Consider a more hands-on interview that is centred around a skills assessment, instead of purely a character or personality assessment or a test of how well somebody answers a question.

Instead of asking yourself, “Does this candidate fit our culture?”, ask yourself, “Does this candidate have the skills to complete the task?” In this regard, you evaluate how the candidate operates within a realistic approximation of the work environment.

If you decide to use a skills assessment, ensure the assessment is carried out fairly and you are not taking advantage of the applicant.

Learn more about alternative interview formats >

Invite a 'SEND supporter' to be present at interviews

Many people with SEND perform much better in interviews if they have a supporter with them. This person can act as a go-between to ease communication between the interviewer and the candidate, rewording any unclear questions for the candidate and helping them understand exactly what the interviewer wants. 

The supporter will not answer on behalf of the person, but can help them to communicate with the interviewer in order to clarify their relevant knowledge and skills. This does not only benefit the candidate, as it also helps employers understand exactly what the candidate has to offer.

While the supporter can help to rephrase unsuitably worded questions, ideally, the employer should plan to avoid asking unclear questions in their preparation for the interview.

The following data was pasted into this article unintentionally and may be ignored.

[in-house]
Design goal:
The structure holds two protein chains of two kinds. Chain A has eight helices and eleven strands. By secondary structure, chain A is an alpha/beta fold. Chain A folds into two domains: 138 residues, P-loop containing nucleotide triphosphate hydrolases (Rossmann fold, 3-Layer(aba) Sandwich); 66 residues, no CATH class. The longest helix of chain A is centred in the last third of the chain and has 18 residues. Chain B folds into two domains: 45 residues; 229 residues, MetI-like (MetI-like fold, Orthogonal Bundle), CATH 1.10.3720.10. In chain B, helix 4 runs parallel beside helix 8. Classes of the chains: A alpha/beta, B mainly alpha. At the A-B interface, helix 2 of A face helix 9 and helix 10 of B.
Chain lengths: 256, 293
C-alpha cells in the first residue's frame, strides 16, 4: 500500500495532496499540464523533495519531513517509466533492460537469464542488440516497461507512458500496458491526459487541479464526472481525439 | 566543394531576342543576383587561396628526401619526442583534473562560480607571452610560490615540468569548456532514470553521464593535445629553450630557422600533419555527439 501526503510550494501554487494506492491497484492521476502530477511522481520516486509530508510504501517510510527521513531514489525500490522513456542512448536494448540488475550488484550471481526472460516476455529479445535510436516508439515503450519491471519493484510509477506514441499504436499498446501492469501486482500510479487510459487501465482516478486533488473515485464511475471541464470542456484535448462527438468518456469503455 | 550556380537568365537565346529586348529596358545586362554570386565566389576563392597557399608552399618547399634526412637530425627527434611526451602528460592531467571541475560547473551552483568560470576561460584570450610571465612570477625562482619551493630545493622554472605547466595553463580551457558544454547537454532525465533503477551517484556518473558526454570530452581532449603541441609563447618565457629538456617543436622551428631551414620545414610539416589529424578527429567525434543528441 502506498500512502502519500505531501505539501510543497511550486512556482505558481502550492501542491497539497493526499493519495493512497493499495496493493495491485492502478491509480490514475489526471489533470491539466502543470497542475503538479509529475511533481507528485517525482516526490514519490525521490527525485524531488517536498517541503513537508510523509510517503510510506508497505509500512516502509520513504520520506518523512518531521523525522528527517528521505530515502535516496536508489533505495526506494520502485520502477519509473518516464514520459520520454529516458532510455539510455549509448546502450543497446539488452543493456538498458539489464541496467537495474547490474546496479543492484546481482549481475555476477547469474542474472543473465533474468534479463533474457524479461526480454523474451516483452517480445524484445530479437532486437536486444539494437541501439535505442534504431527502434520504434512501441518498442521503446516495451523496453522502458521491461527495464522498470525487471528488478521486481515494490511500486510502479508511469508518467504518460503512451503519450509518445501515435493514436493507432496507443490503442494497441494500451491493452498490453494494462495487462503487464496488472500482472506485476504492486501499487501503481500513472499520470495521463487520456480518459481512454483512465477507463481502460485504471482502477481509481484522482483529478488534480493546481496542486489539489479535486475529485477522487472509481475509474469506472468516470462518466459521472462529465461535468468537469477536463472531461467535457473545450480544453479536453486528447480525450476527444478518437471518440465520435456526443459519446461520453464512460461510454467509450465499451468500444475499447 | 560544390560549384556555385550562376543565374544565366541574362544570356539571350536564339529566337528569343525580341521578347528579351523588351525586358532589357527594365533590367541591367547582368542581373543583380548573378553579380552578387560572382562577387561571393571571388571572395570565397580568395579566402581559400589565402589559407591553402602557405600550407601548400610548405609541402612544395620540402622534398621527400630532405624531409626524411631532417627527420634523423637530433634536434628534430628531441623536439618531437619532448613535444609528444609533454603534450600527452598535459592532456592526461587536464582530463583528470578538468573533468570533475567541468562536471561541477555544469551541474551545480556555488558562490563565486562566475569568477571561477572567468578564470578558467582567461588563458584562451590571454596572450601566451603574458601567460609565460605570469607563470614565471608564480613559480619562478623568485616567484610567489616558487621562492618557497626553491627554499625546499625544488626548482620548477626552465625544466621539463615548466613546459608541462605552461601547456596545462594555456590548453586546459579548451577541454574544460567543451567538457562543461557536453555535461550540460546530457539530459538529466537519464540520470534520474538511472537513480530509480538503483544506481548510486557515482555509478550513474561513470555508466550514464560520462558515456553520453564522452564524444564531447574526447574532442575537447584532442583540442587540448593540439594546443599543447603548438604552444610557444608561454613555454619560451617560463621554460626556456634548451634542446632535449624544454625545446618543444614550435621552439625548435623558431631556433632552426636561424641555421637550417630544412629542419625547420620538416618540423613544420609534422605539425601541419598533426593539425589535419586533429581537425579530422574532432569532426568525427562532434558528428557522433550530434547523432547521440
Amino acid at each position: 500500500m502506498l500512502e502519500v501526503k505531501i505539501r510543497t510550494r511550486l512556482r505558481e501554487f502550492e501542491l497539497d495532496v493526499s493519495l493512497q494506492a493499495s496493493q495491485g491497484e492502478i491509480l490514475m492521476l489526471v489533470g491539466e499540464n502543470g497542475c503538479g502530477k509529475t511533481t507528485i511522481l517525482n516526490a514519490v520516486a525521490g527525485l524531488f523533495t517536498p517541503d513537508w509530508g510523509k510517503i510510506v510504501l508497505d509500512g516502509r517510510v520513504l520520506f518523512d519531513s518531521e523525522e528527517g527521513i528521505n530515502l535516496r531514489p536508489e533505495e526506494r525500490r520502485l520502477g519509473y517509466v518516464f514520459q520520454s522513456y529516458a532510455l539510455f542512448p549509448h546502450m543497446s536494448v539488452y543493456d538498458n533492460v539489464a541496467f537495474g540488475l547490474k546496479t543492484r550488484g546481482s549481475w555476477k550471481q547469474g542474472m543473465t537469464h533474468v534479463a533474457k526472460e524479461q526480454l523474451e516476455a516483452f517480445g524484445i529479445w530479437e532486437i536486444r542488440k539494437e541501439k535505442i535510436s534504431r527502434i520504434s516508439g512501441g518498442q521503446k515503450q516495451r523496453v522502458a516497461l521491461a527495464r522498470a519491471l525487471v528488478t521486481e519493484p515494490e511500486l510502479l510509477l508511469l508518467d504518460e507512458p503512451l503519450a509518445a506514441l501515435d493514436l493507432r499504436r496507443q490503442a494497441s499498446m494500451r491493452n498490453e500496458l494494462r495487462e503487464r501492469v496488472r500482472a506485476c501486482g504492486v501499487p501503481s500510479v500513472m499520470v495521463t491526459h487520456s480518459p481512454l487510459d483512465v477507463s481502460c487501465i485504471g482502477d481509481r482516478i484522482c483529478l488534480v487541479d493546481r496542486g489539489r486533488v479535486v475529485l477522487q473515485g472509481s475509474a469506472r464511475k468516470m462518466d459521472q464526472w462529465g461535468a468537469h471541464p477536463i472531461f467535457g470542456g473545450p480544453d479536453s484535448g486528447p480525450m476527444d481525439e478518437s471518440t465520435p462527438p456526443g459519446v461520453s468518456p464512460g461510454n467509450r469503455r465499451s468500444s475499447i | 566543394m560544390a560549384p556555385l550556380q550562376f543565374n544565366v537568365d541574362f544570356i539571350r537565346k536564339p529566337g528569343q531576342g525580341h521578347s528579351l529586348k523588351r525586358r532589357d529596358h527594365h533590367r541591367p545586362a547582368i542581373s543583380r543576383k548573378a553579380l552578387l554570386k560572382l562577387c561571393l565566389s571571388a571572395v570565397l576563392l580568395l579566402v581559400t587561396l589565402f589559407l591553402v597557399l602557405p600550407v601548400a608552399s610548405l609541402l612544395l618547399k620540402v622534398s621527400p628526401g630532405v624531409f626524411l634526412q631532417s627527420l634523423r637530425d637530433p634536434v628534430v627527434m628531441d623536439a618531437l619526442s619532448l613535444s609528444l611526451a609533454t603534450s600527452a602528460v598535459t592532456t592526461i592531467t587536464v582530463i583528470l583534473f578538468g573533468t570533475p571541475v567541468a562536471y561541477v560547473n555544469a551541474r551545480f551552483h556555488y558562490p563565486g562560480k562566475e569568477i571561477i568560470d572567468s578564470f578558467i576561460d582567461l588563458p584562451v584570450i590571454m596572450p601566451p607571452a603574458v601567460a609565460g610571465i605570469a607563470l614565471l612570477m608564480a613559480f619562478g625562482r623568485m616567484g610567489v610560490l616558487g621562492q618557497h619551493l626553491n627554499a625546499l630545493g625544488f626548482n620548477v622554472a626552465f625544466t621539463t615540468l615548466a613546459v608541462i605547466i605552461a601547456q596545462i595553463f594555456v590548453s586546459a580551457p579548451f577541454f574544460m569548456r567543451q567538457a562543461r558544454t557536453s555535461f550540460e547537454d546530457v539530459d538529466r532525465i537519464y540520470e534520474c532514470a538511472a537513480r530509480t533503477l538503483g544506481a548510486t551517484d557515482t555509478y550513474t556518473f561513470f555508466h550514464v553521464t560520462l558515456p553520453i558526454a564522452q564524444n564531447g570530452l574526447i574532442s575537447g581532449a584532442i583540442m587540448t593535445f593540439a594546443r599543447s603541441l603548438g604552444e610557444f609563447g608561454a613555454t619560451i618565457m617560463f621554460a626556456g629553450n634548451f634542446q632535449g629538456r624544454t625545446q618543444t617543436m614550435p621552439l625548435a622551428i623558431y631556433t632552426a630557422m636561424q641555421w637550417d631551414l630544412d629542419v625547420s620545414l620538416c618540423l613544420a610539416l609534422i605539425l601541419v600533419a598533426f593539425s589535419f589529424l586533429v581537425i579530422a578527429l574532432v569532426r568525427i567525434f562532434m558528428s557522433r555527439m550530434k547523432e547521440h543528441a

The Access to Work scheme can provide funding to pay for a communication support worker to attend a job interview with a person with SEND. This includes people who are D/deaf or hard of hearing and need a British Sign Language interpreter or lipspeaker.

Work trials

Some employers find that a work trial, or a period of work experience, is a better way of assessing skills than a formal interview. This approach may also help if you think that a neurodivergent person is likely to do well in a job, but you have concerns about how well they will cope in the workplace. If you would like to take this approach, Job Centre Plus can offer support and advice.

Want to know more?

For more information and support, contact the Workforce Skills Team at Buckinghamshire Business First: